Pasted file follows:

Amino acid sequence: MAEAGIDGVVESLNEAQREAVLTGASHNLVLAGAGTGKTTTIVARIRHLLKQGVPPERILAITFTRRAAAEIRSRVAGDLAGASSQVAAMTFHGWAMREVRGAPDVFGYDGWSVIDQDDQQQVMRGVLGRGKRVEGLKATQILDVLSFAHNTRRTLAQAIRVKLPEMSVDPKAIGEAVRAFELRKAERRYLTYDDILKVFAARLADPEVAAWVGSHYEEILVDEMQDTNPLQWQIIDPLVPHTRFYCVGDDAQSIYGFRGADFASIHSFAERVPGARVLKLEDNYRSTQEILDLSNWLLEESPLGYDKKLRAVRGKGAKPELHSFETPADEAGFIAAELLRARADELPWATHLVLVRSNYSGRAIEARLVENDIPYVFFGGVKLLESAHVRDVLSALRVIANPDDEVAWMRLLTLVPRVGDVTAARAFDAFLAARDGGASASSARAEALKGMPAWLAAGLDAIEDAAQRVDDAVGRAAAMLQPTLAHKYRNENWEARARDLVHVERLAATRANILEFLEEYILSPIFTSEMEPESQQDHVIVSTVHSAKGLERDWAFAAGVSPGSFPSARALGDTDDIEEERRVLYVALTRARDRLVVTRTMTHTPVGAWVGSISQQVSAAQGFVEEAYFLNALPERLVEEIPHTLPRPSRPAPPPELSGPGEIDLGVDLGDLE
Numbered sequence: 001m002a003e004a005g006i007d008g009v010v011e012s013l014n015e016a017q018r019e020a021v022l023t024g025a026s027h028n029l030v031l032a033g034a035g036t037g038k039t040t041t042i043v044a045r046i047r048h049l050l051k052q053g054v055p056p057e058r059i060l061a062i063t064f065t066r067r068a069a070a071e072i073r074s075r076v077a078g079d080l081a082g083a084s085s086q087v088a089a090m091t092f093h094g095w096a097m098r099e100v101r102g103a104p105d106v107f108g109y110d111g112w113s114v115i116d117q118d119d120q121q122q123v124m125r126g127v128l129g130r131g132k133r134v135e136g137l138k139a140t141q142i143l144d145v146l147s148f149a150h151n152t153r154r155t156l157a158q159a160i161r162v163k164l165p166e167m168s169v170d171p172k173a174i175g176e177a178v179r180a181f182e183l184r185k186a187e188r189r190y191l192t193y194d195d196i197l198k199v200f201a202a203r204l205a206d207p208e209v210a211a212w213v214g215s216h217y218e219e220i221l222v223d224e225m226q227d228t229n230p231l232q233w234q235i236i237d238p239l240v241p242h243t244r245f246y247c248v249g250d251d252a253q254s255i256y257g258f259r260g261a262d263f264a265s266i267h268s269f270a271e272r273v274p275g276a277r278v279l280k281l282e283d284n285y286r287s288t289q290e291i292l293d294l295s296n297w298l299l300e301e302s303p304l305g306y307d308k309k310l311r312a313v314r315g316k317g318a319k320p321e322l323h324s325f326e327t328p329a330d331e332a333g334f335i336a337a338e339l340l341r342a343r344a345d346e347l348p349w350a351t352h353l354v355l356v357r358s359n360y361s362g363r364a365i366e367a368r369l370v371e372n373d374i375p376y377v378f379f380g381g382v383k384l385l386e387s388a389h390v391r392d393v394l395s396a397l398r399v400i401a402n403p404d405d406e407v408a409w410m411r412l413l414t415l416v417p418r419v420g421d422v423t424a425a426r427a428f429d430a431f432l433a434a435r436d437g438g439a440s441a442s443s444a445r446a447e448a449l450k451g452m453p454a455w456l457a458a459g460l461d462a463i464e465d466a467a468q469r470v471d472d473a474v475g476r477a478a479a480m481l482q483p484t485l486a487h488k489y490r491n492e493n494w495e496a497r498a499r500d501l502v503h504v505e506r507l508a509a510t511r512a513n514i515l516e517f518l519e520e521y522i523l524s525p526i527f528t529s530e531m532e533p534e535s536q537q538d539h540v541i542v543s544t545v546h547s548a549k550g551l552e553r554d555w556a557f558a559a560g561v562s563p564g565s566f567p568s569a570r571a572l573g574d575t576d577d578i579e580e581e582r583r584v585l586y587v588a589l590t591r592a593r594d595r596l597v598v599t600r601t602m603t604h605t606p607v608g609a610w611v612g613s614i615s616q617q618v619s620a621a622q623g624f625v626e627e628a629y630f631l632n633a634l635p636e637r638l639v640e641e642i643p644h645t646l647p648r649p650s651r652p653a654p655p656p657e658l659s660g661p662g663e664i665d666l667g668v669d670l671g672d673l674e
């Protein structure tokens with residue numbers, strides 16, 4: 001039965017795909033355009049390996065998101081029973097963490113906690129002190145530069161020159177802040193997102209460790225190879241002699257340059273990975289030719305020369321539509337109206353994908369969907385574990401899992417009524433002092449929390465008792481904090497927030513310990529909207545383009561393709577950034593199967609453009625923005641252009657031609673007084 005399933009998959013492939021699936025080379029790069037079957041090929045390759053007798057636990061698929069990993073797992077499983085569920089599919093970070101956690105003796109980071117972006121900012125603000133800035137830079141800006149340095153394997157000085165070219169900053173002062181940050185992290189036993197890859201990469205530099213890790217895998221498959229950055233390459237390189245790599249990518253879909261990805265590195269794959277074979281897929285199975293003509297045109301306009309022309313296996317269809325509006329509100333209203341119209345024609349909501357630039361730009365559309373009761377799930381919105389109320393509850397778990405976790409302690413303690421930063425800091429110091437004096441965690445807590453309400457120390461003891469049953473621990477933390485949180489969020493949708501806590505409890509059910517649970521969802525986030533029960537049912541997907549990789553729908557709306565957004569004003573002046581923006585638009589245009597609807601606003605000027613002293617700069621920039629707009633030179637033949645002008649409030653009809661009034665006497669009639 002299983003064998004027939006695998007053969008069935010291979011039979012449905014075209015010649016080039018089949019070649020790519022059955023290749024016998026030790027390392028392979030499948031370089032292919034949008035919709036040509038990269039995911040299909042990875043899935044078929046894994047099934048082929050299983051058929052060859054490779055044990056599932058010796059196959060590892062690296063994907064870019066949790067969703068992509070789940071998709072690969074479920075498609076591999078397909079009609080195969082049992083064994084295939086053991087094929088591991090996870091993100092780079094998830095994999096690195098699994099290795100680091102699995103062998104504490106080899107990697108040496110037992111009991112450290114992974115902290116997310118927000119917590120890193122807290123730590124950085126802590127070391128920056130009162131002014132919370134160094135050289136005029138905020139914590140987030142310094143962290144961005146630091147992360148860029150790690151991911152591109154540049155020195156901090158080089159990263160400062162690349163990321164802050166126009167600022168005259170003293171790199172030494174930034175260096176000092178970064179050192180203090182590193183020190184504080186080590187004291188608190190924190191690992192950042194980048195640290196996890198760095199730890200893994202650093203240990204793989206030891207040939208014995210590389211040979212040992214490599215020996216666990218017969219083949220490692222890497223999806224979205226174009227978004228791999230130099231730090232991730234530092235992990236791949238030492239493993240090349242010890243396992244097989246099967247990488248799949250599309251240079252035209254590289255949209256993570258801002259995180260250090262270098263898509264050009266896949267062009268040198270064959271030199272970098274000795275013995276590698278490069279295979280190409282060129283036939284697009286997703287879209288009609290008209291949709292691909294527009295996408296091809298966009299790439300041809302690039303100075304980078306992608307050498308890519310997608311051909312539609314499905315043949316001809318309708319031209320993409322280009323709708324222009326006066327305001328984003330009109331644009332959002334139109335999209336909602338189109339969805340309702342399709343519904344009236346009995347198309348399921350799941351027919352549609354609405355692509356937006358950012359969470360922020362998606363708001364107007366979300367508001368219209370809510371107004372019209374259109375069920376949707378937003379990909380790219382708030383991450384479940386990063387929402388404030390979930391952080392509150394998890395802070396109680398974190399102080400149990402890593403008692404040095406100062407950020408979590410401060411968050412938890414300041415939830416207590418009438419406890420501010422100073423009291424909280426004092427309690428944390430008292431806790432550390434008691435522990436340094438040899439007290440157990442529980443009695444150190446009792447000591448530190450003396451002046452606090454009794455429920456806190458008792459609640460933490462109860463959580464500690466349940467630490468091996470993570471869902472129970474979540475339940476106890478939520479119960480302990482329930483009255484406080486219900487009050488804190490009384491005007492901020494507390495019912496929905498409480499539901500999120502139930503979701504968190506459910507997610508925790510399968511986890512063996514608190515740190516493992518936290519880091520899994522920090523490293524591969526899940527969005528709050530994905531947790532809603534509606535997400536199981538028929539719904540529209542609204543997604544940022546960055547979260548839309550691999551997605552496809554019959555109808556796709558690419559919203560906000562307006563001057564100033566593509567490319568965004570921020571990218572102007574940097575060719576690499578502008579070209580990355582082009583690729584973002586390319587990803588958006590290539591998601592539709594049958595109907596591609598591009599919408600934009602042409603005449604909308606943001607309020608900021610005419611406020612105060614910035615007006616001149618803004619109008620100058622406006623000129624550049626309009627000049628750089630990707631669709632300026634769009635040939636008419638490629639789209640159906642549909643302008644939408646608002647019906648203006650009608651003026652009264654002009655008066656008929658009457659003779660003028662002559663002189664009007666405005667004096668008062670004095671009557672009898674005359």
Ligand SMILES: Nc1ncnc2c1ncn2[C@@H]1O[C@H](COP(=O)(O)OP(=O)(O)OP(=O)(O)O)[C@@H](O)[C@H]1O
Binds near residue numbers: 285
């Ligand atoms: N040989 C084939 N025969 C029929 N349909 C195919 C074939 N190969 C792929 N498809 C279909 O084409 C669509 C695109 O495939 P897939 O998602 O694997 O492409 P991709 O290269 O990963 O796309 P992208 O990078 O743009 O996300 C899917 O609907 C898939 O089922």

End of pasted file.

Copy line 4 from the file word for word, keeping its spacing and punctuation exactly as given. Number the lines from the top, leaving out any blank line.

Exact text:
Ligand SMILES: Nc1ncnc2c1ncn2[C@@H]1O[C@H](COP(=O)(O)OP(=O)(O)OP(=O)(O)O)[C@@H](O)[C@H]1O